Fair-minded opponents claim they understand our position; they may believe they understand our position, but as Mark Stevens shows, a single word can often betray them

My own view is that we have come up with a workable proposal which preserves the integrity of the Church of England and safeguards the position of those who cannot yet accept the ordination of women as presbyters or bishops,’ writes Pete Broadbent, Bishop of Willesden and member of the Guildford Four.

The word, of course, is ‘yet’. In those three letters a world of truth and misapprehension is both encoded and revealed. That casual, insouciant ’yet’ innocently betrays more than might at first appear.

Despite protracted talk about ‘periods of reception’ and the ‘reversibility’ of the innovation, that little word, it seems, lets the cat out of the bag: there never was any intention of ‘openness’, only a strategy for terminal care; the innovators never took the trouble to consider the arguments of their opponents, for the simple and logical reason that they did not suppose there could be any. They assumed the opposition to be based on nothing more than prejudice and ignorance.

Women’s ordination, the ‘yet’ seems to declare, is not a proposition to be argued, or proved from Scripture: it is a self-evident truth which demands urgent prosecution. In her book Theology and Feminism, Daphne Hampson has put the matter clearly and succinctly:

‘What was I doing, in the late twentieth century, arguing that what happened in the first century was of relevance to whether or not I could be a deacon? I had never had to argue that as a woman I should have an education, become a theologian, own a house, or anything else. What did that do to me as a person, to my sense of myself in the Christian church? …I saw that I had to be free of this… writing my last newsletter to the Group in Scotland I had loved and brought together, I said that I thought we had to be much bolder, taking an a priori stance on the fact that there could be no discrimination against women.’ [Blackwell, 1990, p31]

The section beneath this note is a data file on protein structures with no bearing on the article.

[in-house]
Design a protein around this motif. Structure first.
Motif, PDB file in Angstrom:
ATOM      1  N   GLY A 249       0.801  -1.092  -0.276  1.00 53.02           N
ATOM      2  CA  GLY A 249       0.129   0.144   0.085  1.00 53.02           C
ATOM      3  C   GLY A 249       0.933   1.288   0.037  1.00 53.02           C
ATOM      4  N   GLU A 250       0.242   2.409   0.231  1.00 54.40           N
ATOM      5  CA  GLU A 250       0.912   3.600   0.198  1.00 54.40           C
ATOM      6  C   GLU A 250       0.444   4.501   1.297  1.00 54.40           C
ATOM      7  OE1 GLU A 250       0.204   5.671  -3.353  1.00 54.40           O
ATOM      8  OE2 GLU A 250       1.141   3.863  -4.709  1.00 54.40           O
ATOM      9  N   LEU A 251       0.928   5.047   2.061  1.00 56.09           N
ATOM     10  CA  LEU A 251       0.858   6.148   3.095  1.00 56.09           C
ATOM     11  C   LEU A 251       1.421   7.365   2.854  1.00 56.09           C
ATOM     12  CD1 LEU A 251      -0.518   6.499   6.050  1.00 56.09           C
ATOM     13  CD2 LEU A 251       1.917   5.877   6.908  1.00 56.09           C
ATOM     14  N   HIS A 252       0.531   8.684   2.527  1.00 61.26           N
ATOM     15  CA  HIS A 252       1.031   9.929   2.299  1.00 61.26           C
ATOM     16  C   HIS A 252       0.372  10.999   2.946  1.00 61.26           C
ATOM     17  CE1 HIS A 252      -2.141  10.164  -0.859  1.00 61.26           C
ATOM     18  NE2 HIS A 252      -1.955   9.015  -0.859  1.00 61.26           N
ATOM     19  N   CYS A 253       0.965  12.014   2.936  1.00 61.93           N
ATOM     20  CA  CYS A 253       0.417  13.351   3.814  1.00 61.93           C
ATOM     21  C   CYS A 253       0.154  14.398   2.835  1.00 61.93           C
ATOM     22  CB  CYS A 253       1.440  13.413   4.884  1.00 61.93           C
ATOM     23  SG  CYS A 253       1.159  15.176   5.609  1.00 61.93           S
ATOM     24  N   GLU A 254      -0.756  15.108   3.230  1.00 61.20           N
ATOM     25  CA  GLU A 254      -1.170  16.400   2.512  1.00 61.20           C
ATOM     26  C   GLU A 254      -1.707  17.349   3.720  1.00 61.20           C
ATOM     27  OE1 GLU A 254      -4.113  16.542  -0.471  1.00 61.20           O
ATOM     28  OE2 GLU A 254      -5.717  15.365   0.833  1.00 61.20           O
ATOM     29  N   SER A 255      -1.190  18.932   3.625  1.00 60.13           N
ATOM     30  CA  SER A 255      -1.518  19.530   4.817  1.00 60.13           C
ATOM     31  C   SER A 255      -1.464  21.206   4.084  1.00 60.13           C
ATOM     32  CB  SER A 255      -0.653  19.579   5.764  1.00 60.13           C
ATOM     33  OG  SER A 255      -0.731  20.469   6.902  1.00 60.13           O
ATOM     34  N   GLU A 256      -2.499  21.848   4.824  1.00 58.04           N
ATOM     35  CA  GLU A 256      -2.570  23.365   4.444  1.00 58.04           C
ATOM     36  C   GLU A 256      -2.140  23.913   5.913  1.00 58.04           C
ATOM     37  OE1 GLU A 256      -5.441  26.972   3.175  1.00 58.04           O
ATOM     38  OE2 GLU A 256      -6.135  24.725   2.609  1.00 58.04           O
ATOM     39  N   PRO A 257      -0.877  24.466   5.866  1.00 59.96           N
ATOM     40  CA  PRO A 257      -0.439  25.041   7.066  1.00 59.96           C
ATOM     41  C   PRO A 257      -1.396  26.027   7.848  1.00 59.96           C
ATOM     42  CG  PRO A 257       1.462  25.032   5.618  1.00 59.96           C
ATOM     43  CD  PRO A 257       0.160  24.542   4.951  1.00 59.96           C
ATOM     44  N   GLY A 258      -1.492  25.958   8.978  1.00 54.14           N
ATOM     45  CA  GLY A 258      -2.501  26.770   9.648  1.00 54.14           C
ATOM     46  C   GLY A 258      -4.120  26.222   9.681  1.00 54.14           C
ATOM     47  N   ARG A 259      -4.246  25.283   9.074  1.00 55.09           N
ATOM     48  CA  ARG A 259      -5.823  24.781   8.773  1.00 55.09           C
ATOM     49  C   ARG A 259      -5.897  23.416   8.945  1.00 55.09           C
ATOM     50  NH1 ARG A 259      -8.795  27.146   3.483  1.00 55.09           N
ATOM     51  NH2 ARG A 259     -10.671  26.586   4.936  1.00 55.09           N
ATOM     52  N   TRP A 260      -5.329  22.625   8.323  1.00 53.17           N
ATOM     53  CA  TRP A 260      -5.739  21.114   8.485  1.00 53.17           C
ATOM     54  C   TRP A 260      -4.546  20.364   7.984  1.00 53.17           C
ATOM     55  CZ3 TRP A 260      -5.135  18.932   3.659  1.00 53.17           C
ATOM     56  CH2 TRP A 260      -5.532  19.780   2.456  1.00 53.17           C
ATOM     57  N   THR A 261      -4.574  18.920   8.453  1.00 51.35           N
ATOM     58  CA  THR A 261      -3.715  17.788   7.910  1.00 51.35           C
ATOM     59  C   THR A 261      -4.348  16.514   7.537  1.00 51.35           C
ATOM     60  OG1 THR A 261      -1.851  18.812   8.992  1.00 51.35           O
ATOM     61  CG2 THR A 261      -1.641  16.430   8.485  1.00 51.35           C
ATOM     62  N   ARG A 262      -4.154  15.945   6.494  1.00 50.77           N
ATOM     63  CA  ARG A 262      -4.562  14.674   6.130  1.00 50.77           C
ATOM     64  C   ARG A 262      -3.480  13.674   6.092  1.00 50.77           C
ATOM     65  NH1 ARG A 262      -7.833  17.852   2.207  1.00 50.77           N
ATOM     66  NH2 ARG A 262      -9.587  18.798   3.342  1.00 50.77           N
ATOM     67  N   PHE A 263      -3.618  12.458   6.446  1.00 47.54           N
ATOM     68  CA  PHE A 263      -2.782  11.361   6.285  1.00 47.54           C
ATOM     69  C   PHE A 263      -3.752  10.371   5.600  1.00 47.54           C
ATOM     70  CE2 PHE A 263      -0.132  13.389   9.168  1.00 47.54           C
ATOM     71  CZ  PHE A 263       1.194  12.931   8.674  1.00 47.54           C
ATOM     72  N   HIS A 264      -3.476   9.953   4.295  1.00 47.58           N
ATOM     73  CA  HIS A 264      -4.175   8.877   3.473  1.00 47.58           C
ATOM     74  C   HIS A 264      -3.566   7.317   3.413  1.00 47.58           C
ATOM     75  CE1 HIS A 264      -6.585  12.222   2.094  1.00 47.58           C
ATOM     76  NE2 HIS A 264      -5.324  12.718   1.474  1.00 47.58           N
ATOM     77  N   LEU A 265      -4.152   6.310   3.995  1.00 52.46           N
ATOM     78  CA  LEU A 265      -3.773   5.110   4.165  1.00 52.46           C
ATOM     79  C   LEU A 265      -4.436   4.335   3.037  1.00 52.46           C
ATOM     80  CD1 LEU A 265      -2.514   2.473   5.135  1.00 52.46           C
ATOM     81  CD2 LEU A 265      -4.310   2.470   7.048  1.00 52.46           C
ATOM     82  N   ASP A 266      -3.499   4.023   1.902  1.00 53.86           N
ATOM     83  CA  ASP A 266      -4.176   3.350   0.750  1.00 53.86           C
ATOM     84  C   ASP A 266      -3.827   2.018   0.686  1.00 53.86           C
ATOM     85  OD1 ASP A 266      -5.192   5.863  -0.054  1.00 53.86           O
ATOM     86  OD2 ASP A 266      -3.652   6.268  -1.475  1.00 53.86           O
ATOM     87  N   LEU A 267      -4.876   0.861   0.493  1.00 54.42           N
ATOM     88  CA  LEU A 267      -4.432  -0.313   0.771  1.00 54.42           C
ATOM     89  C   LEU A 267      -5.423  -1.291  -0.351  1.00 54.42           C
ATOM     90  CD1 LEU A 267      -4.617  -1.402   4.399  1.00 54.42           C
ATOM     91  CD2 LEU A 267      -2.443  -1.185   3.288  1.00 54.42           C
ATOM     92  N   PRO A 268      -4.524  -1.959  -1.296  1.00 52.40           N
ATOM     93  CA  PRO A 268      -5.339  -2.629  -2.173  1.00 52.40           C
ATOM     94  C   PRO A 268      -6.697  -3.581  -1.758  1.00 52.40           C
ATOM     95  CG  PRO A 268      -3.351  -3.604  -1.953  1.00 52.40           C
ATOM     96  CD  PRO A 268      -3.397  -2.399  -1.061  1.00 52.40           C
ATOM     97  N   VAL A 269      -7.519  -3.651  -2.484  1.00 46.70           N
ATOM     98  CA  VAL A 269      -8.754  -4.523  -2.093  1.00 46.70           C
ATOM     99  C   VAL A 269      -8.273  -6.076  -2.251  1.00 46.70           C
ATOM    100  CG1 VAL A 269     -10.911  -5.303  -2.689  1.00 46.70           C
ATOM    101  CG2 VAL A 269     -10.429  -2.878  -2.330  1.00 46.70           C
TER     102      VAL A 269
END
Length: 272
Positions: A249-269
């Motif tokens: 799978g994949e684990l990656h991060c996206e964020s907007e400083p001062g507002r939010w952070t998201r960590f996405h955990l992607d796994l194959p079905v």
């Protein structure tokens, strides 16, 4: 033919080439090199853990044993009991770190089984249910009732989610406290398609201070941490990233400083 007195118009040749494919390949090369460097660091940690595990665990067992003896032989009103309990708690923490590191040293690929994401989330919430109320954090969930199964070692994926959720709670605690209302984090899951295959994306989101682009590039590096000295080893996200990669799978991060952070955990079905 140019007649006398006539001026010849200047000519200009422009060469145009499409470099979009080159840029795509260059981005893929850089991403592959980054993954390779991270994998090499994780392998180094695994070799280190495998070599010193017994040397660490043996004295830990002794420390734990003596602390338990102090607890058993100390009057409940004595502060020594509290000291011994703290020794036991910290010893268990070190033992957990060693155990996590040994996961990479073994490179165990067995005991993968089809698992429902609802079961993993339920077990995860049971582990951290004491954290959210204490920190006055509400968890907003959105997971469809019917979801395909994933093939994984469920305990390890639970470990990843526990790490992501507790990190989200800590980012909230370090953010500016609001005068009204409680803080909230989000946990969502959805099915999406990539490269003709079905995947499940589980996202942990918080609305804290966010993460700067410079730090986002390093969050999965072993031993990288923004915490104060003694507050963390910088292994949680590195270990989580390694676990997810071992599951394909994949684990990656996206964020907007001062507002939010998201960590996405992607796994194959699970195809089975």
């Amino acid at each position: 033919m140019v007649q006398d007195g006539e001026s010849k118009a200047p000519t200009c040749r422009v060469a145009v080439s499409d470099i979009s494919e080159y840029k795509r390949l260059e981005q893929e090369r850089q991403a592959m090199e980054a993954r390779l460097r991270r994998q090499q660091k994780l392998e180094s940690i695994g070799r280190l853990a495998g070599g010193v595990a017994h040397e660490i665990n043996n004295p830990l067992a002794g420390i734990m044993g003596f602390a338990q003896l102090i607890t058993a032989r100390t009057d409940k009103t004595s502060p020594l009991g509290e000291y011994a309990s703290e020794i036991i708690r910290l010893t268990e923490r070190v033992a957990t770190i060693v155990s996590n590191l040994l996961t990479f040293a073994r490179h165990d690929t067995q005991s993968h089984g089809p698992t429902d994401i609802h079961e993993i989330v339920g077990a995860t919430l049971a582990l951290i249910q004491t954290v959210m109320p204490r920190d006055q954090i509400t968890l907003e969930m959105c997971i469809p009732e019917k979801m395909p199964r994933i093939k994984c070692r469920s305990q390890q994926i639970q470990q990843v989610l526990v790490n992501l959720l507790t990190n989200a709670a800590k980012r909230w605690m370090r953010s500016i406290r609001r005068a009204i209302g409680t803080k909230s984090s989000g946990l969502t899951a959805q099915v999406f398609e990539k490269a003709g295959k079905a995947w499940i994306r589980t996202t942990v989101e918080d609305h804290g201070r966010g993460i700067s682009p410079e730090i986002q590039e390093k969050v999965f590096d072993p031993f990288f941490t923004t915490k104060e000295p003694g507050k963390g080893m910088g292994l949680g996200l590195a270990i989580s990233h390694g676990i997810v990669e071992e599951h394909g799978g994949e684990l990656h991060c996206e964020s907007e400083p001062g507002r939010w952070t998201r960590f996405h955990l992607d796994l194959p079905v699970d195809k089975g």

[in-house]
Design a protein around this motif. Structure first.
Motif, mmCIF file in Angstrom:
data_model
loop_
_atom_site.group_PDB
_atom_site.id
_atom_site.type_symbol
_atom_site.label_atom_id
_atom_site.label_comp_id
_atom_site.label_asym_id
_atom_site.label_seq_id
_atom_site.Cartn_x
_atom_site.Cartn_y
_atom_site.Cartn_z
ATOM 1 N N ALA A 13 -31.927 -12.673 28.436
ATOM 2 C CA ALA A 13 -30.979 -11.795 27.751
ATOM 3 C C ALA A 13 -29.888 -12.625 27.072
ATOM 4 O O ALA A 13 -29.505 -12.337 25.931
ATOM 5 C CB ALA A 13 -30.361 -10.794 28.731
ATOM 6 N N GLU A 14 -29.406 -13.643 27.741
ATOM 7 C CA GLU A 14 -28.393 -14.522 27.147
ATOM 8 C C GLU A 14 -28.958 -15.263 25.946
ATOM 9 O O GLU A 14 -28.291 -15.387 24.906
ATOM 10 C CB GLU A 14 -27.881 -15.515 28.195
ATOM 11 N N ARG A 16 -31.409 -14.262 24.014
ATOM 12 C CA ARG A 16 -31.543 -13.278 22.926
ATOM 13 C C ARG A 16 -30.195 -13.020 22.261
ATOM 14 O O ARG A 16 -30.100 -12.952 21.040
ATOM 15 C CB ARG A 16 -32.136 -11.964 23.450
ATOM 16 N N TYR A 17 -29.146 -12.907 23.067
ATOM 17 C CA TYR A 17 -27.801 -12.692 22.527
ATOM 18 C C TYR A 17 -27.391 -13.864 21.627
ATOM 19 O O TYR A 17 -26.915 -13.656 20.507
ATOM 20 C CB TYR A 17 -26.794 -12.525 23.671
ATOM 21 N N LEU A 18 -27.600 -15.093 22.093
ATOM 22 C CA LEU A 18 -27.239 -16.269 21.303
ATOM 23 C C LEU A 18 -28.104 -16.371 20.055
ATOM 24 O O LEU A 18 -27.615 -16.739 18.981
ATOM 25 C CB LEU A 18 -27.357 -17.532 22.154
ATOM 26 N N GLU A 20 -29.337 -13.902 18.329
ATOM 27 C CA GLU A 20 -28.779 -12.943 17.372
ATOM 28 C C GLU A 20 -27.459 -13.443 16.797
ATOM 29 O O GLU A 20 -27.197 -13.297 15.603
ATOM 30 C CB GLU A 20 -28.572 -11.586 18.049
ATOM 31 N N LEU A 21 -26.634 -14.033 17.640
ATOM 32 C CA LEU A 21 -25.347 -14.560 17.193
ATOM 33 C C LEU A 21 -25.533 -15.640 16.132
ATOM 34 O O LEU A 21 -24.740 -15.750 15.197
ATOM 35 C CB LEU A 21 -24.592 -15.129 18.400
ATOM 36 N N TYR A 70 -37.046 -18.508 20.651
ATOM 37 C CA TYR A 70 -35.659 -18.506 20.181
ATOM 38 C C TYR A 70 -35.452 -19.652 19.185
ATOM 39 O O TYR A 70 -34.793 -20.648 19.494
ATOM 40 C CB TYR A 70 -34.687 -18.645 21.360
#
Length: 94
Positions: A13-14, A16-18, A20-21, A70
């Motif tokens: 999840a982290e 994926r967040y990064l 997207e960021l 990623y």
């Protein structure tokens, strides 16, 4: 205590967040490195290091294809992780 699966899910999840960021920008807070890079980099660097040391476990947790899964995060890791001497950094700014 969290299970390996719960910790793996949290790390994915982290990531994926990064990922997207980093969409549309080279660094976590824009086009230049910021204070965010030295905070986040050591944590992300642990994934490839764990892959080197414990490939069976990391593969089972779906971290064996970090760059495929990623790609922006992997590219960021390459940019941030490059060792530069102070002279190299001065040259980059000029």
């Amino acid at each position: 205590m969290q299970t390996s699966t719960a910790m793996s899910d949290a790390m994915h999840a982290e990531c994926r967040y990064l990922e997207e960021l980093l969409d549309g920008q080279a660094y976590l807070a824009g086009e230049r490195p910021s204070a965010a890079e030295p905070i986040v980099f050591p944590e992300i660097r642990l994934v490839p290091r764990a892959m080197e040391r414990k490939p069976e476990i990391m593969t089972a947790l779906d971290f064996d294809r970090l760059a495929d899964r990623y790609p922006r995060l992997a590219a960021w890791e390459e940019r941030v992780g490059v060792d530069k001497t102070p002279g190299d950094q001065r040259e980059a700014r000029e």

And, of course, if sexual equality in the matter of orders is an a priori imperative (‘I am compelled by what I perceive to be the cause of justice’ said Roy Williamson in the 1992 debate), it follows that it must equally be self-evident that those who oppose it are benighted, bigoted and unjust. (Hampson again: ‘Writing a doctorate on the British response to the church conflict in Nazi Germany, I was well aware that Dietrich Bonhoeffer had refused to grant that the established national Protestant Church was in fact a Christian church so long as it refused to ordain people who were racially Jewish. I believed I should consider the Anglican Church not fully Christian in that it discriminated against women.’ [op. cit., p30])

Of course, in a world where the mad and the bad are subjected to therapy rather than restraint or punishment, opponents must be treated humanely. But their only future, goes the argument, is recantation or extinction.

This is a logic with which truly liberal proponents like Bishop Pete naturally feel uncomfortable and understandably seek to avoid. They do not like to appear intransigent and totalitarian. They are, after all, experiencing the discomfort of having the same a priori arguments used against themselves, in the increasingly rancorous debate about homosexuality. Yet, as so often, it is the little words which tell the biggest story.